Charles-Henry Monchau

Chief Investment Officer



Chart #1 —


The Nasdaq down 6% for the week


U.S. stocks fell last week after the Fed disappointed market hopes for an imminent monetary policy pivot in the form of a pause or slowdown in the pace of rate hikes. The Nasdaq index was the big loser of the week with a -5.6% decline. The Dow Jones Industrials Index - more representative of the "old economy" - held up better (-1.4%). This is the worst week for the Nasdaq since January. Indeed, technology stocks suffered from the fallout of a largely disappointing earnings season for stocks such as Meta (Facebook), Amazon and Microsoft.
The Dow Jones and S&P 500 remain in positive territory for the quarter, while the Nasdaq lost all the gains it had made in October.


Performance of the main US indices last week (in blue) and since the beginning of the quarter (in orange)

pic 1-3

Source: Edward Jones


Chart #2 —

Strong outperformance by the value style


With regards to sector performance, U.S. technology stocks lost about 8% over the week, while the energy sector posted the largest gains (+2%).
The value style dramatically outperformed the growth style over the week. This is indeed the most important outperformance since the beginning of January. The Value vs. Growth relative index has returned to its pre-covid levels.


“US Value” vs. “US Growth” relative index

pic 2-4Source: Bloomberg


Chart #3 —

The market punishes companies that report results below expectations


The quarterly earnings season for US companies is coming to an end as 85% of the S&P 500 companies have already released their numbers. At this point, 70% have beaten market expectations in terms of both earnings and revenue. On an aggregate basis, the earnings growth rate is +2.2%, its lowest since Q3 2020. We also see that companies that disappoint analysts' expectations have been severely punished by the market.


Relative stock performance of U.S. stocks following the release of third quarter results


pic 3-Nov-08-2022-10-01-58-9607-AM

Source: Bank of America, The Daily Shot


Chart #4 —

Energy is the only sector with positive year-to-date performance


As shown on the chart below, very few asset classes or sectors have been in positive territory since the beginning of the year. Energy stocks have posted the best annualized performance (+42%). Commodities (+22%) and real estate (+11%) follow. Among the worst performers are Telecom (-45%) and Technology (-37%).


Annualized performance of major asset classes and S&P 500 sectors

pic 4-Nov-08-2022-10-04-35-5006-AM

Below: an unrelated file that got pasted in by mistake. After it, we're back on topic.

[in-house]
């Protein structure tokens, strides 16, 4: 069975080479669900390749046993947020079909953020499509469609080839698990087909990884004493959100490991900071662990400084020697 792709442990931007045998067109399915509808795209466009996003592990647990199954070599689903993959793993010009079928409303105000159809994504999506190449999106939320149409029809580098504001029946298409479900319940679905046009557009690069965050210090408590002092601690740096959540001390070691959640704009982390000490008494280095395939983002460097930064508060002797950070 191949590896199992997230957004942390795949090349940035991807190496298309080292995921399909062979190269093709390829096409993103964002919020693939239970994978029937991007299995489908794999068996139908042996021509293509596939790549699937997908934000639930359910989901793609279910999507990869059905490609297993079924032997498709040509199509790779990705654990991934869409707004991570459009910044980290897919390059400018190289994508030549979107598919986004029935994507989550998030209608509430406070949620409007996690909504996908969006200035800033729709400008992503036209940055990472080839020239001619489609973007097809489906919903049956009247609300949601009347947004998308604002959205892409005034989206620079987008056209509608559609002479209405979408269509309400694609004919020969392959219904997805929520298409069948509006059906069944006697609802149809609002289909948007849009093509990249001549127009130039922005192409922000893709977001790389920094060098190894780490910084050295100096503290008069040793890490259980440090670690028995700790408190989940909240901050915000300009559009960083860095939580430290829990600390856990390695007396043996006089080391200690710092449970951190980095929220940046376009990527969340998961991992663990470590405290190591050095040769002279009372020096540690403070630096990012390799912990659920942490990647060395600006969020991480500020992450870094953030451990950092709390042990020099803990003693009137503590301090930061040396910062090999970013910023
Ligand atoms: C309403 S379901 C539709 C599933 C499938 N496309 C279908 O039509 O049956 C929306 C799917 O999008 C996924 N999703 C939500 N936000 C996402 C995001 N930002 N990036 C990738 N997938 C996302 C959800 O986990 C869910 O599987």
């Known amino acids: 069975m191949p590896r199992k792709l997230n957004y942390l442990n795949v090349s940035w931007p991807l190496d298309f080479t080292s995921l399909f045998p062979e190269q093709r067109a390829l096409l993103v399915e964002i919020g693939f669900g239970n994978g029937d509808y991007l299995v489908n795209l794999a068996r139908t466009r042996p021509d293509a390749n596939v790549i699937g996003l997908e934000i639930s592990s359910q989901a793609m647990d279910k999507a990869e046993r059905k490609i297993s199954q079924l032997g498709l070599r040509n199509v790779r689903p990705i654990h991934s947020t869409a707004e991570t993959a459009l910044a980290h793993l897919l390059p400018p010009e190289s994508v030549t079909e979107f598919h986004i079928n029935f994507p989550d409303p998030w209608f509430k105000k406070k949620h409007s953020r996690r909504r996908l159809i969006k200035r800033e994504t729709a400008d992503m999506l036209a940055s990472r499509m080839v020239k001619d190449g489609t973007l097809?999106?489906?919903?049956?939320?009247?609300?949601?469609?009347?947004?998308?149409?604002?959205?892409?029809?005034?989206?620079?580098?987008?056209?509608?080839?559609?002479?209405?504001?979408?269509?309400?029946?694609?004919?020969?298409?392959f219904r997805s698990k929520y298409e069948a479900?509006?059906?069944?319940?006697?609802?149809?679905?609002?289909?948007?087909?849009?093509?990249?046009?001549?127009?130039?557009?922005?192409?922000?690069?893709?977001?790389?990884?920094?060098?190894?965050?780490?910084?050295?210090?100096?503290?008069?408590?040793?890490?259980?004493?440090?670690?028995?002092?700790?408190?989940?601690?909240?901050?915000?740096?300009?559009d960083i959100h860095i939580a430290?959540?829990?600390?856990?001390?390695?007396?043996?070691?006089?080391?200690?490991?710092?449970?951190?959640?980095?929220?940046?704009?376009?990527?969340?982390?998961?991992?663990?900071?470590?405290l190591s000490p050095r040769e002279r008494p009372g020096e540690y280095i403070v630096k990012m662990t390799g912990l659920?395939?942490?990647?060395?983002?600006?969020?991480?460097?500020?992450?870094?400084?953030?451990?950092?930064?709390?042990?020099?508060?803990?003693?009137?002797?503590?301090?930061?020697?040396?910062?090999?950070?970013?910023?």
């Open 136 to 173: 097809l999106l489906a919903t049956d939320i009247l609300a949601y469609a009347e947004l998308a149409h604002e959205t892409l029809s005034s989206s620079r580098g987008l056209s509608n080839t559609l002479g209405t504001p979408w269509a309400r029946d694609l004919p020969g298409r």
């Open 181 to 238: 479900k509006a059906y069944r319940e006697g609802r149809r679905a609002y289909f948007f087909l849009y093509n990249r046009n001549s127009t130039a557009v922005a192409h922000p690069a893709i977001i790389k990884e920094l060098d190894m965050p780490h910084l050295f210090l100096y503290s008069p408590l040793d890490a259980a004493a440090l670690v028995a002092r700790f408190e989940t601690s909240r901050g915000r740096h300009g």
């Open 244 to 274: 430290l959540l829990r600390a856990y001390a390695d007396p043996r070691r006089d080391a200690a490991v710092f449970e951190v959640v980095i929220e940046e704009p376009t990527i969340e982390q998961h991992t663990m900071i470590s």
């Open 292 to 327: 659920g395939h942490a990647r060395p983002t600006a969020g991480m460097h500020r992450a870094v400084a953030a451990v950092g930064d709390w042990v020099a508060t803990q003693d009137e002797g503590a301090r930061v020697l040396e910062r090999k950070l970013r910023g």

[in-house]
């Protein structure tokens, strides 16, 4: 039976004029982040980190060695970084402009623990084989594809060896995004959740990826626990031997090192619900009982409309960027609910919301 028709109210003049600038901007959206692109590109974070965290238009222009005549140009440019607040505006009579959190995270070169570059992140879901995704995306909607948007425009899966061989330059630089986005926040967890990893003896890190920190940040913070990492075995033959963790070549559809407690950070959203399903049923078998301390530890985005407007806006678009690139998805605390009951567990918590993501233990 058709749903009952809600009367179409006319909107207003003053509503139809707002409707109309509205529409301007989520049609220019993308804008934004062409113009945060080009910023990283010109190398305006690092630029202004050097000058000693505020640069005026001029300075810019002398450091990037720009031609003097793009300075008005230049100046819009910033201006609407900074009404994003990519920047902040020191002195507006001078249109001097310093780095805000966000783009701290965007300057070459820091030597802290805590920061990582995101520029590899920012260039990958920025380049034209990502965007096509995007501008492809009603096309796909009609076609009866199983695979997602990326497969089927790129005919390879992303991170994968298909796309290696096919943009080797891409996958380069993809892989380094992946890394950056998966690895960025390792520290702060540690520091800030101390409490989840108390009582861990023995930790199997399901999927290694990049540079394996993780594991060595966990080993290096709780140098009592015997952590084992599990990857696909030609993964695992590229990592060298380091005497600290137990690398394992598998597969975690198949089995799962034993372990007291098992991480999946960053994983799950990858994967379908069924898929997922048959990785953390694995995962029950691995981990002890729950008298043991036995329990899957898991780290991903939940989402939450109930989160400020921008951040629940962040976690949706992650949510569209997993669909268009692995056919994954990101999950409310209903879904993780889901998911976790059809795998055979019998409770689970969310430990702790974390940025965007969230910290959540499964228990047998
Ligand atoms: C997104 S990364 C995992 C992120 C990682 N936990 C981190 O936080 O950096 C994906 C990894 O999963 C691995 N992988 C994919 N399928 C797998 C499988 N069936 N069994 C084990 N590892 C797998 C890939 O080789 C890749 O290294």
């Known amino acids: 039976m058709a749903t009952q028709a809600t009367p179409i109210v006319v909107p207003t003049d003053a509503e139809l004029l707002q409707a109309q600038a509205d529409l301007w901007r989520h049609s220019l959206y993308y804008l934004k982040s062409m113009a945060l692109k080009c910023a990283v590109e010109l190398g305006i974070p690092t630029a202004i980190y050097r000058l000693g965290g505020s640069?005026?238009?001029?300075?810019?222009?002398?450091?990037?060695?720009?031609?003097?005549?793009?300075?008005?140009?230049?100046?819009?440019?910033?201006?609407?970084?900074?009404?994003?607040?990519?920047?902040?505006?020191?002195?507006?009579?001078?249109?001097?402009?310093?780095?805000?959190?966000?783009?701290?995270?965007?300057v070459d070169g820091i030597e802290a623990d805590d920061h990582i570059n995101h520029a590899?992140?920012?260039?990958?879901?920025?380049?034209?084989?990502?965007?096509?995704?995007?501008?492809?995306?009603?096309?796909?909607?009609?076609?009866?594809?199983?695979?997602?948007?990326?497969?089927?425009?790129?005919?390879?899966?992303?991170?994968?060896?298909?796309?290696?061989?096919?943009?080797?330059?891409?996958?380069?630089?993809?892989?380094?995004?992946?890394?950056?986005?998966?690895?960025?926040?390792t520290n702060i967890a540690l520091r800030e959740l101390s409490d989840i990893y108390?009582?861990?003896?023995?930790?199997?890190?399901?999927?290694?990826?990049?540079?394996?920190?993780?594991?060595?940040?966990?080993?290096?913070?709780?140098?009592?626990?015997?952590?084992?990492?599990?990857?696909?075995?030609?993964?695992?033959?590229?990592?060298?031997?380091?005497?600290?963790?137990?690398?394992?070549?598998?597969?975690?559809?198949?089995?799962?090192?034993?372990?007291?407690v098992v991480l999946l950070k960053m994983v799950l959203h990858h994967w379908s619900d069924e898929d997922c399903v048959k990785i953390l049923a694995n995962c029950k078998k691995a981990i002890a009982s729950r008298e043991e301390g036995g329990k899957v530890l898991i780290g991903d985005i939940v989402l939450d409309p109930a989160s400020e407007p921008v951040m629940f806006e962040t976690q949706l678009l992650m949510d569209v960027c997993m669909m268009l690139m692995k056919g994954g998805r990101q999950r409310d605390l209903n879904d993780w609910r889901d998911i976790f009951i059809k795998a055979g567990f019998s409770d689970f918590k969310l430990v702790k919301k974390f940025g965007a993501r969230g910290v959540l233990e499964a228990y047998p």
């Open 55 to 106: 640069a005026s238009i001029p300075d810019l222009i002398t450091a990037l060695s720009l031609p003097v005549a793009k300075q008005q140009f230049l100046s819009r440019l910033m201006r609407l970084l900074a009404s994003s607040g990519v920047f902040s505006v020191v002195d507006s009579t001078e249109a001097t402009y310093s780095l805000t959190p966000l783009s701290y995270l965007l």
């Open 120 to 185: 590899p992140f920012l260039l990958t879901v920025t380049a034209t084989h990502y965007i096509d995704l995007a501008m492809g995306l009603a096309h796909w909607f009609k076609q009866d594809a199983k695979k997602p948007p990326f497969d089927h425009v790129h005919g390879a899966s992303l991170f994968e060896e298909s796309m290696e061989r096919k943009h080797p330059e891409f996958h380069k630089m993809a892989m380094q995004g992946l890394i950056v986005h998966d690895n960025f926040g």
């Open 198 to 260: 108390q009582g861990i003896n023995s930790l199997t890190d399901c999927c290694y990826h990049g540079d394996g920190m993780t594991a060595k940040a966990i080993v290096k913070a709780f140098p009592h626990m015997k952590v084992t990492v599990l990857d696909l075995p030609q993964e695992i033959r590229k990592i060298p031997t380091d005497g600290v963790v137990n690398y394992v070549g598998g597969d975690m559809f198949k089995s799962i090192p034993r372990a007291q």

Source: BofA


Chart #5 —

Investors continue to shun commodities


Despite the very good performance of commodities and the collapse of equity and bond markets, fund flows do not support the performance hierarchy. Indeed, investors continue to avoid ETFs invested in commodities, favouringstocks and bonds.


Fund flows into ETFs of different asset classes since the beginning of the year

pic  5

Source: All Star Charts



Chart #6 —

No "pivot" from the Fed


As expected, the U.S. Federal Reserve raised policy rates by 0.75%, extending a rapid pace of monetary tightening that has brought the main rate to 4%, the highest level in 15 years.
The FOMC opened the door to further rate hikes, although it plans to lower the magnitude of the move.
While the Fed's initial statement was initially seen as more accommodative ("dovish") than the market expected, the press conference was later interpreted as a signal of even more restrictive policy ("hawkish") when Fed Chairman Jerome Powell said that it is "very premature" to expect a pause in the current rate hike cycle.
These comments reinforced expectations that the Fed would soon raise the target rate at the end of the tightening cycle ("terminal rate") and continue raising rates beyond February 2023.


Size of the Fed's balance sheet (in blue) and the Fed's policy rate (in white)


pic 6-3

Source: Bloomberg


Chart #7 —

The U.S. economy continues to create jobs

U.S. payrolls rose by more than 260,000 in October, exceeding consensus expectations. On the other hand, the unemployment rate rose from 3.5 percent to 3.7 percent. Average hourly earnings in the U.S. rose by 4.7 percent in October, the slowest rate of growth since August 2021.
However, note that this is the 19th consecutive month that inflation has outpaced wage growth, which translates into less purchasing power for U.S. households.


US employment numbers


pic 7-1

Source: Bloomberg



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